Permalink | | Share | Email | Print | Filed under: Yiddish Theater, Yiddish, Shmates, Theater, Rokhl Kafrissen, H. Leivick, New Worlds Theatre Project

The Jewish Daily Forward welcomes reader comments in order to promote thoughtful discussion on issues of importance to the Jewish community. In the interest of maintaining a civil forum, The Jewish Daily Forwardrequires that all commenters be appropriately respectful toward our writers, other commenters and the subjects of the articles. Vigorous debate and reasoned critique are welcome; name-calling and personal invective are not. While we generally do not seek to edit or actively moderate comments, our spam filter prevents most links and certain key words from being posted and The Jewish Daily Forward reserves the right to remove comments for any reason.




Find us on Facebook!
  • The sign reads: “Dogs are allowed in this establishment but Zionists are not under any circumstances.”
  • Is Twitter Israel's new worst enemy?
  • More than 50 former Israeli soldiers have refused to serve in the current ground operation in #Gaza.
  • "My wife and I are both half-Jewish. Both of us very much felt and feel American first and Jewish second. We are currently debating whether we should send our daughter to a Jewish pre-K and kindergarten program or to a public one. Pros? Give her a Jewish community and identity that she could build on throughout her life. Cons? Costs a lot of money; She will enter school with the idea that being Jewish makes her different somehow instead of something that you do after or in addition to regular school. Maybe a Shabbat sing-along would be enough?"
  • Undeterred by the conflict, 24 Jews participated in the first ever Jewish National Fund— JDate singles trip to Israel. Translation: Jews age 30 to 45 travelled to Israel to get it on in the sun, with a side of hummus.
  • "It pains and shocks me to say this, but here goes: My father was right all along. He always told me, as I spouted liberal talking points at the Shabbos table and challenged his hawkish views on Israel and the Palestinians to his unending chagrin, that I would one day change my tune." Have you had a similar experience?
  • "'What’s this, mommy?' she asked, while pulling at the purple sleeve to unwrap this mysterious little gift mom keeps hidden in the inside pocket of her bag. Oh boy, how do I answer?"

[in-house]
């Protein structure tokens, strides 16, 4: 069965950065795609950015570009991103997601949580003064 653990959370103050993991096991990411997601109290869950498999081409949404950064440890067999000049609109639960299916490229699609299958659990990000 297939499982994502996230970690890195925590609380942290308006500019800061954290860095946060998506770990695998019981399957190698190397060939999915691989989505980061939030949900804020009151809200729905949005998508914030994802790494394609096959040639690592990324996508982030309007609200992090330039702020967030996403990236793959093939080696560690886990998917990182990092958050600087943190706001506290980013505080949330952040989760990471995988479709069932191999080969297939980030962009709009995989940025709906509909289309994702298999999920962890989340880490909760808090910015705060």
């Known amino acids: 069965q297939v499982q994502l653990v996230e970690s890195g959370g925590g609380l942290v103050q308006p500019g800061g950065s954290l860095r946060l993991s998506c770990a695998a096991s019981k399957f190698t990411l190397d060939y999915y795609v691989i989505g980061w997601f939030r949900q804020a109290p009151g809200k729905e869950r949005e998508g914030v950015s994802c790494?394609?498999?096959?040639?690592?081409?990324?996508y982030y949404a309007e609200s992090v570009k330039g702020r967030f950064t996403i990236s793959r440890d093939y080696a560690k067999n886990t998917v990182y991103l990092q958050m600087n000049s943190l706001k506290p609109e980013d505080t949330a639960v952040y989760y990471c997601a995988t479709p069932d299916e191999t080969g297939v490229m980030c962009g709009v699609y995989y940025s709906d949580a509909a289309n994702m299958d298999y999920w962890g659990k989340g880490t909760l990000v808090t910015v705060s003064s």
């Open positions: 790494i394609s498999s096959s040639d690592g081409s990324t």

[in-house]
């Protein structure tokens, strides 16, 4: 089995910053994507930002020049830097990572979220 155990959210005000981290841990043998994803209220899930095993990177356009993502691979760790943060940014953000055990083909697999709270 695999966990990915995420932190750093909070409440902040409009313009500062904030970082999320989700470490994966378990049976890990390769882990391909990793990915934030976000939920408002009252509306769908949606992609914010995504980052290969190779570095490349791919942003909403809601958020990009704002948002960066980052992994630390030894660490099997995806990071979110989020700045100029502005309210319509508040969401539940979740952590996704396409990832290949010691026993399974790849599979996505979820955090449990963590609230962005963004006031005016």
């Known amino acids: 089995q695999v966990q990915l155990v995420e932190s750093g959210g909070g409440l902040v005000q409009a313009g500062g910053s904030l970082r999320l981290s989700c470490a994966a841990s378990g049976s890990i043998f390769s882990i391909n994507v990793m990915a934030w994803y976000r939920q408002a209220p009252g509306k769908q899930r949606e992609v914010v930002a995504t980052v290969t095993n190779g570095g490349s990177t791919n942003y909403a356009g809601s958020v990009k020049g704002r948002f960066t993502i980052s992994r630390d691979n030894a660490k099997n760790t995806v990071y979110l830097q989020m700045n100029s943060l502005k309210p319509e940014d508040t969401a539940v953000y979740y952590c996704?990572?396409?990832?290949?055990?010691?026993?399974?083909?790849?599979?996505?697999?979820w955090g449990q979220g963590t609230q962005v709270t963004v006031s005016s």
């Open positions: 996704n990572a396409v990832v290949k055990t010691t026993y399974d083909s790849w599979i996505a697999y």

• "I fear that we are witnessing the end of politics in the Israeli-Palestinian conflict. I see no possibility for resolution right now. I look into the future and see only a void." What do you think?
  • Not a gazillionaire? Take the "poor door."
  • "We will do what we must to protect our people. We have that right. We are not less deserving of life and quiet than anyone else. No more apologies."
  • "Woody Allen should have quit while he was ahead." Ezra Glinter's review of "Magic in the Moonlight": http://jd.fo/f4Q1Q
  • Jon Stewart responds to his critics: “Look, obviously there are many strong opinions on this. But just merely mentioning Israel or questioning in any way the effectiveness or humanity of Israel’s policies is not the same thing as being pro-Hamas.”
  • "My bat mitzvah party took place in our living room. There were only a few Jewish kids there, and only one from my Sunday school class. She sat in the corner, wearing the right clothes, asking her mom when they could go." The latest in our Promised Lands series — what state should we visit next?
  • Former Israeli National Security Advisor Yaakov Amidror: “A cease-fire will mean that anytime Hamas wants to fight it can. Occupation of Gaza will bring longer-term quiet, but the price will be very high.” What do you think?
  • Should couples sign a pre-pregnancy contract, outlining how caring for the infant will be equally divided between the two parties involved? Just think of it as a ketubah for expectant parents:
  • from-cache

Would you like to receive updates about new stories?








You may also be interested in our English-language newsletters:













We will not share your e-mail address or other personal information.

Already subscribed? Manage your subscription.